The sources added that the recent security appointments caused widespread controversy within key state institutions in Tripoli and were interpreted as an attempt by Sarraj to impose himself in office.

Sarraj’s ambition to retain his position faces international and regional rejection, at the same time the chances of his rival Bashagha of heading the new government seem to be improving. This seems to have deepened the rift within the GNA between the Misrata camp and the Tripoli camp and their respectively allied regions.

The sources considered that Sarraj’s recent appointments amounted to a declaration of war against Misrata and Bashagha, and that Sarraj was preparing for possible confrontation with the Misrata militias or other protagonists that could try to impose a political settlement which does not satisfy the head of the GNA’ presidential council and his allies. Last December, Sarraj transferred control over the Special Deterrence Militia — the largest and most well armed militia in the western part of the country — to the presidency of the presidential council instead of the interior ministry and placed a number of militia leaders in sensitive security positions.

Observers believe that Sarraj is not only seeking to shield himself behind the warlords but also working to boost the power of their militias to thwart the plans of Bashagha, who is close to the Muslim Brotherhood-affiliated Justice and Construction Party, which announced a few days ago its intent to launch an operation bearing the name of “snake hunting.”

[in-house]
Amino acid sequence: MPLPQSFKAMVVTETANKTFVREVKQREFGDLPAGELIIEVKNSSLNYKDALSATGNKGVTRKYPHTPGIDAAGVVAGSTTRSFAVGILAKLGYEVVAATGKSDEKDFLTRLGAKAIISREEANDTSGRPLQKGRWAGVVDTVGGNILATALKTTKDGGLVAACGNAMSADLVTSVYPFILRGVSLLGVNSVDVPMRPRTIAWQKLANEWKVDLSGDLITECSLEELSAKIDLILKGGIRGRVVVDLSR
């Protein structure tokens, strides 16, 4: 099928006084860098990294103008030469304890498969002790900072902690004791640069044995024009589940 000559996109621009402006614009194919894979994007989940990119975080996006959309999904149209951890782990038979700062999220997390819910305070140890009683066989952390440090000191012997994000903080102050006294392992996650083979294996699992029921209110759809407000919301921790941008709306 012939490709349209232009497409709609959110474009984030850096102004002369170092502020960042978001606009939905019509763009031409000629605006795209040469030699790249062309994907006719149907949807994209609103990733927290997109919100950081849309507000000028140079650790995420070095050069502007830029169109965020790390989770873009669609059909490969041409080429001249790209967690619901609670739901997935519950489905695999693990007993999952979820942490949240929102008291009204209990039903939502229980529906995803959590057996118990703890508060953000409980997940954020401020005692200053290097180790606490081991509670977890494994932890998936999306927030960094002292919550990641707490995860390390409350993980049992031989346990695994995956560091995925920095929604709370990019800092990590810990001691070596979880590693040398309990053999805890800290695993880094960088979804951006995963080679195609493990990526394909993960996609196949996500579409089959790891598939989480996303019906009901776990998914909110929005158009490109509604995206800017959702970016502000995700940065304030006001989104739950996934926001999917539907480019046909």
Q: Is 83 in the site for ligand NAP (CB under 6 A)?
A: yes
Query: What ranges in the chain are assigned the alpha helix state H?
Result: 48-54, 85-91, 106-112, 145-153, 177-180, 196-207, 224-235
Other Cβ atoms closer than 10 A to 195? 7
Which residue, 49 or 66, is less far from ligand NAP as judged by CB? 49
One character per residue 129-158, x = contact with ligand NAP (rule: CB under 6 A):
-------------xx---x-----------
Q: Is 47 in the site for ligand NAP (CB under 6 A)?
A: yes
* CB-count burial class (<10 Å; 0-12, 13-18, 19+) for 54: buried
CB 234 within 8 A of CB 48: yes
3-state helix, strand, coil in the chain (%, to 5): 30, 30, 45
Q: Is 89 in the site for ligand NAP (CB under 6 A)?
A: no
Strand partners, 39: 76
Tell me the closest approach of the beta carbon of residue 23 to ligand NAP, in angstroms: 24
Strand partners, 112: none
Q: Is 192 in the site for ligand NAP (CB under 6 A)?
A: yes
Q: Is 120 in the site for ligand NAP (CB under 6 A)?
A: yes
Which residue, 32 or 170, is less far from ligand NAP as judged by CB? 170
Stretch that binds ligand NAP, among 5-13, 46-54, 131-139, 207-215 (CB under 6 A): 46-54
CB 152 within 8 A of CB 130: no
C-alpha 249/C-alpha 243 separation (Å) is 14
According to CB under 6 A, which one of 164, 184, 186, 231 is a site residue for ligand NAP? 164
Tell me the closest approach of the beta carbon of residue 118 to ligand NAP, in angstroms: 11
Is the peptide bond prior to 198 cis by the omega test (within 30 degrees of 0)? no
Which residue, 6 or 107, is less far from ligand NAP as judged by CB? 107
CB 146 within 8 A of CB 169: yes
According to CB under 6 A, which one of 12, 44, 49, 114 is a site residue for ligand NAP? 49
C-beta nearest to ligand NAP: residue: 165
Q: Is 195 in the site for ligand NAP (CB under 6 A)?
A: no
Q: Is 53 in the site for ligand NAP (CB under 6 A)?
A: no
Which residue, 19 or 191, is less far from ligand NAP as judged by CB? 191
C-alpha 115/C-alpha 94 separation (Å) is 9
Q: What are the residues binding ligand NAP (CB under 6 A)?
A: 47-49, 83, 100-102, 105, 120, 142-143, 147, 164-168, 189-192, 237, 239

The operation is said to target illegal armed groups, smuggling and human trafficking gangs as well as terrorist elements, while a leaked list of the operation’s objectives indicated that it includes militias close to Sarraj as well as Defence Minister Salah El-Din al-Namroush, who confirmed his opposition to the operation.

Observers believe that the Abu Salim-Central Support militia is on the list of targets for “snake hunting.” That made Sarraj appoint its leader, Abdel Ghani al-Kikli, to serve as the head of the Stability Support apparatus announced Monday, and his deputy, Lotfi Al-Hariri, as director of the Internal Security Agency.

They expected to announce within days the entire militia’s transformation into the nucleus of the new apparatus.

Sources say Sarraj is coordinating with warlords and militia leaders after the failure of his recent visit to Rome, during which he asked Italian officials to support his proposal to remain president of the GNA’s presidential council in exchange for giving up the prime minister’s position for a figure chosen from the east of the country and supported by the army leadership.

Observers emphasised that in return, Bashagha is coordinating his moves with regional and international powers which are considered influential in Libyan affairs and in determining UN mission efforts.